In pt9 “What Is Noble?” of Beyond Good And Evil (free full text readable & searchable here), Neitzsche’s aphorism 296 is, atypically, addressed not to the reader but to an abstract inspiring presence, and in the first person:
Oh, what are you anyway, my written and painted thoughts! It was not long ago that you were still so colourful, young and malicious, so full of thorns and secret spices that you made me sneeze and laugh — and now? You have already lost your novelty, and I am afraid that some of you are ready to turn into truths: they already look so immortal, so pathetically decent and upright, so boring! And was it ever any different? So, what subjects do we copy out and paint, we mandarins with Chinese brushes, we immortalizers of things that let themselves be written — what are the only things we can paint? Oh, only ever things that are about to wilt and lose their smell! Only ever storms that are yellowed and late! Only ever birds that have flown and flown astray until they are tired and can be caught by hand— by our hand! We only immortalize things that cannot live and fly for much longer, only tired and worn-out things! And I only have colours for your afternoon, my written and painted thoughts, perhaps many colours, many colourful affections and fifty yellows and browns and greens and reds: — but nobody will guess from this how you looked in your mornings, you sudden sparks and wonders of my solitude, you, my old, beloved — wicked thoughts!
Almost invariably the creative spark we use to jumpstart an episode of writing, composing, performing, conversation; seems old before we begin, and hardly worth following up (in comparison to how vividly it felt critical and urgent that we engage it for the sake of humanity. Something like catching a butterfly or rare beast before it evades capture.
Part of that failing feeling comes from having an underdeveloped ability to perform the accurate capture of those shocking storms & birds of inspiration:
The height and width of the tower of science have grown to be so monstrously vast that the philosopher is that much more likely to become exhausted before he has even finished his education, or to let himself grab hold of something and “specialize.” […] Or he gets there too late, when he is already past his prime and his strength has started to fade; […] Per- haps the very refinement of his intellectual conscience lets him hesitate and be slowed down while underway; he is afraid of being seduced into becoming a dilettante, a millipede […]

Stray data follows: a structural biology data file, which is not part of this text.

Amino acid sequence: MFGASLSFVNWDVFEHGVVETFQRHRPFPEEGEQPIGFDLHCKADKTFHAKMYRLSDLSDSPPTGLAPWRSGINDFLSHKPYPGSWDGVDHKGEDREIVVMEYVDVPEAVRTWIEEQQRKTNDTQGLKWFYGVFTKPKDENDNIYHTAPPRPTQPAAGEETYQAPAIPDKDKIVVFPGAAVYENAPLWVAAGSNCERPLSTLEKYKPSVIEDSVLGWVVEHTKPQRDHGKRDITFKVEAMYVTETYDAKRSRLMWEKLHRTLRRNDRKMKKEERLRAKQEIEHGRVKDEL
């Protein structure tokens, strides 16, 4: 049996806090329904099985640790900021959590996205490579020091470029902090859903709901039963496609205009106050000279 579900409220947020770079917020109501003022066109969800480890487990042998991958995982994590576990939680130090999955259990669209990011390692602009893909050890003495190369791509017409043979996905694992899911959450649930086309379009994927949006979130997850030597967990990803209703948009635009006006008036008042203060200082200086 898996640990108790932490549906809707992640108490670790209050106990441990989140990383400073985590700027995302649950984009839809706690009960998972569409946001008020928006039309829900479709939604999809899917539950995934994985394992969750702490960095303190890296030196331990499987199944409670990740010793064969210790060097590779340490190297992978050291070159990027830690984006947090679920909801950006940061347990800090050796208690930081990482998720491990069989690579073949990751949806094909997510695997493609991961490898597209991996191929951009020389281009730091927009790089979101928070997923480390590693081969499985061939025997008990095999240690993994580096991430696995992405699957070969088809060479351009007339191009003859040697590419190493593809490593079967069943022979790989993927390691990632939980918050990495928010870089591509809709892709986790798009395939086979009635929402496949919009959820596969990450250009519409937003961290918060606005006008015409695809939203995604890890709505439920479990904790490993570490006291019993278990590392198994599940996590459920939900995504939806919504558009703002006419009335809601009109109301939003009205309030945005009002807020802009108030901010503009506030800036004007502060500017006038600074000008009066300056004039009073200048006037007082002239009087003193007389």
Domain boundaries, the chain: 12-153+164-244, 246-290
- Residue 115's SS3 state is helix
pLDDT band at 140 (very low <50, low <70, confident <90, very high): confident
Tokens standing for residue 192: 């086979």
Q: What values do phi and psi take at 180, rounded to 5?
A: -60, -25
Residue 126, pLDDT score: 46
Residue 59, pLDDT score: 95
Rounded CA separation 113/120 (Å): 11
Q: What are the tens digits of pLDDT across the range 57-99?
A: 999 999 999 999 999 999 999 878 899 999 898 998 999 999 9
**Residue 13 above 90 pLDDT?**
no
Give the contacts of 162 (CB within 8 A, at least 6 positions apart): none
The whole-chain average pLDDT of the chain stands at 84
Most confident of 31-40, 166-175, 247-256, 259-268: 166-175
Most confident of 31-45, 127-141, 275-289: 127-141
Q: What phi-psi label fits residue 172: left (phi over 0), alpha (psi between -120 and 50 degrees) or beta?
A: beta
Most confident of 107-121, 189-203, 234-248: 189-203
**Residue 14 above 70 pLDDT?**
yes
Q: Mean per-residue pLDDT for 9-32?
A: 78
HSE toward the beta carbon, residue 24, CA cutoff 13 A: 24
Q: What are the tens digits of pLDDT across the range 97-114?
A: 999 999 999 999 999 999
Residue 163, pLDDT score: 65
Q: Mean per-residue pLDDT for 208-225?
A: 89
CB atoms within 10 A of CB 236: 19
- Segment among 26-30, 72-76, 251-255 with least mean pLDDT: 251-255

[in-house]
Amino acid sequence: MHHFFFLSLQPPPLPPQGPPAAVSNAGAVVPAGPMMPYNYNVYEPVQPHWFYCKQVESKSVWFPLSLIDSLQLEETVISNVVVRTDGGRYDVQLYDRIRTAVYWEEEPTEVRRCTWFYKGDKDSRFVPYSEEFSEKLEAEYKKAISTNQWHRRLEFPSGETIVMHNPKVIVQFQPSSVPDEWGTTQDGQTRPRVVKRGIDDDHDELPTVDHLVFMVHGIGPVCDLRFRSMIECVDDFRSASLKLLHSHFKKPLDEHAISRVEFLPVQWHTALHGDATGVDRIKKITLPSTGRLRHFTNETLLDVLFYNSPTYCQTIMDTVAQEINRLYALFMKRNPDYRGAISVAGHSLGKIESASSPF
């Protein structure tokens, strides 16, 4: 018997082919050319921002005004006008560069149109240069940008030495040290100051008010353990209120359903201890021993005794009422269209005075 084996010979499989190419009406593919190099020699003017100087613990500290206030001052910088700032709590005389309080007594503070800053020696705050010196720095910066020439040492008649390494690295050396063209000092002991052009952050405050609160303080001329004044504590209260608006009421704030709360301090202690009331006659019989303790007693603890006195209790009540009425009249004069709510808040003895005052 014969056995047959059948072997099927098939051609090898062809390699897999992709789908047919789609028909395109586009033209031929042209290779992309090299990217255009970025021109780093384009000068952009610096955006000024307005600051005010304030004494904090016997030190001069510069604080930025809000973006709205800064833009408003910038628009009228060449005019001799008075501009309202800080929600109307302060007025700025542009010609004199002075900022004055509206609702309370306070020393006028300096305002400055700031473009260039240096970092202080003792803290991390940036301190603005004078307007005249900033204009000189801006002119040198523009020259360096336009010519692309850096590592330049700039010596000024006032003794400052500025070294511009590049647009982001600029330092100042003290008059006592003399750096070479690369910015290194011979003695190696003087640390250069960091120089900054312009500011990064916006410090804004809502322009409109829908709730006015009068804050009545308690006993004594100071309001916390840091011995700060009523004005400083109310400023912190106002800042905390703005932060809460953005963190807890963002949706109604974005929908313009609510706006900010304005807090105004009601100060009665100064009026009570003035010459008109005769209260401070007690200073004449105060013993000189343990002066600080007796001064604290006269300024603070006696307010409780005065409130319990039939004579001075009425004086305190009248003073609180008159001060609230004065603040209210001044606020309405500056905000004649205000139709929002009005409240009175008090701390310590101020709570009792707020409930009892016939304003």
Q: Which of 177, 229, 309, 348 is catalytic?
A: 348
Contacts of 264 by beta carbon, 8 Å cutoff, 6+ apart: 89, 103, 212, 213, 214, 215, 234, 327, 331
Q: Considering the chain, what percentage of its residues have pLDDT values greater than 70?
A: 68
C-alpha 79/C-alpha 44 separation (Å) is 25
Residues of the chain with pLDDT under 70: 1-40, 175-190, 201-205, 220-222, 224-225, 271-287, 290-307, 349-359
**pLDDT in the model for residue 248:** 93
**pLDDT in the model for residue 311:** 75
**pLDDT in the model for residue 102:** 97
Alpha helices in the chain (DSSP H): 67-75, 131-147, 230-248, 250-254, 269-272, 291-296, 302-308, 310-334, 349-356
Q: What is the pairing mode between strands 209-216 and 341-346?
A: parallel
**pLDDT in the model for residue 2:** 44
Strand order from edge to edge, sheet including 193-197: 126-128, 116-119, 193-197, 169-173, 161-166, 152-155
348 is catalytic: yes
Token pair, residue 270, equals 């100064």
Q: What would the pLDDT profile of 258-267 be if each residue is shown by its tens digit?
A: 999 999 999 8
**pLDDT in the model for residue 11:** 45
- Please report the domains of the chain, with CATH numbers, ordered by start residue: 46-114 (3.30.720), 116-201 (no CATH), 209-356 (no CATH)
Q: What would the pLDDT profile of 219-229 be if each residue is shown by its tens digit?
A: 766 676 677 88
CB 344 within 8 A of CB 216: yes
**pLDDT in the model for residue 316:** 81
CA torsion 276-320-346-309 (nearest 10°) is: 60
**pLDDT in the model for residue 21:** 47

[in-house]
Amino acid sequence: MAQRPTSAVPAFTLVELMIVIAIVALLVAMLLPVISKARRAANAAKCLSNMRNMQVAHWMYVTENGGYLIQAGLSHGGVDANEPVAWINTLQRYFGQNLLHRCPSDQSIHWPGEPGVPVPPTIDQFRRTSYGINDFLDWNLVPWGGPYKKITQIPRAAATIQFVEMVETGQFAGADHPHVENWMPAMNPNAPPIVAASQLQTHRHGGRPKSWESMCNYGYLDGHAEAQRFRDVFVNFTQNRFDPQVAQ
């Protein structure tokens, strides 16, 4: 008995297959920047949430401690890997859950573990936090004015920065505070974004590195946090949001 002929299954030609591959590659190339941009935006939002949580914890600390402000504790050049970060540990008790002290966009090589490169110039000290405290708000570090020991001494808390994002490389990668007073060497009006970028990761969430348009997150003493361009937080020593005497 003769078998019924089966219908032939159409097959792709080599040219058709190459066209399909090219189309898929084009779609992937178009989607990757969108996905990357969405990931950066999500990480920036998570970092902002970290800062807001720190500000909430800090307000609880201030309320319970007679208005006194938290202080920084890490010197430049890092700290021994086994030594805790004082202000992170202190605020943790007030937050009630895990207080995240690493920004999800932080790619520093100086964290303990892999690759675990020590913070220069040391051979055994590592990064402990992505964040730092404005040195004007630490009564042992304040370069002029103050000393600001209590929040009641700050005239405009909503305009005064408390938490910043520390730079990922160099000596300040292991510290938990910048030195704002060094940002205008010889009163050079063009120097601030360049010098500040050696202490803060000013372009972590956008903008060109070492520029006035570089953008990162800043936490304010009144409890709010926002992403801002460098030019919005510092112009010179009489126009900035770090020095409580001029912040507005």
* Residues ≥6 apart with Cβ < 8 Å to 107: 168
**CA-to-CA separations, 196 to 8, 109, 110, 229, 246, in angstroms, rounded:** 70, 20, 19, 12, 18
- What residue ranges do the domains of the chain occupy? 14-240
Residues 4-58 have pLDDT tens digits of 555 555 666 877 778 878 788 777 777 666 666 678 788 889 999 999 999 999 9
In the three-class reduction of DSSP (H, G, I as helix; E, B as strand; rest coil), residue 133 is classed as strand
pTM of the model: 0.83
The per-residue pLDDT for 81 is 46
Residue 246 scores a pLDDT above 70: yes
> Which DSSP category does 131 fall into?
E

Another fundamental inability stems from having waited too long to seize opportunities:
The problem of those who wait. Strokes of luck and many unpredictable factors are needed for a higher person, who contains the dormant solution to a problem, to go into action at the right time, “into explosion” you might say. This does not usually happen, and in every corner of the earth people sit waiting, hardly knowing how much they are waiting, much less that they are waiting in vain. And every once in a while, the alarm call will come too late, the chance event that gives them “permission” to act, — just when the prime of youth and strength for action has already been depleted by sitting still. And how many people have realized in horror, just as they “jump up,” that their limbs have gone to sleep and their spirit is already too heavy! “It’s too late” — they say, having lost faith in themselves and being useless from this point on. — What if in the realm of genius, the “Raphael without hands ” 12 (taking that phrase in the broadest sense) is not the exception but, perhaps, the rule? Perhaps genius is not rare at all: what is rare is the five hundred hands that it needs to tyrannize the KaiQog, “the right time,” in order to seize hold of chance!
A New Years resolution of mine is to more mindfully seize creative opportunities and ensure I capture those flights of “wicked thoughts” as a matter of urgency when they strike. But first, building a Google Apps Script dashboard to help monitor this in metrical fashion.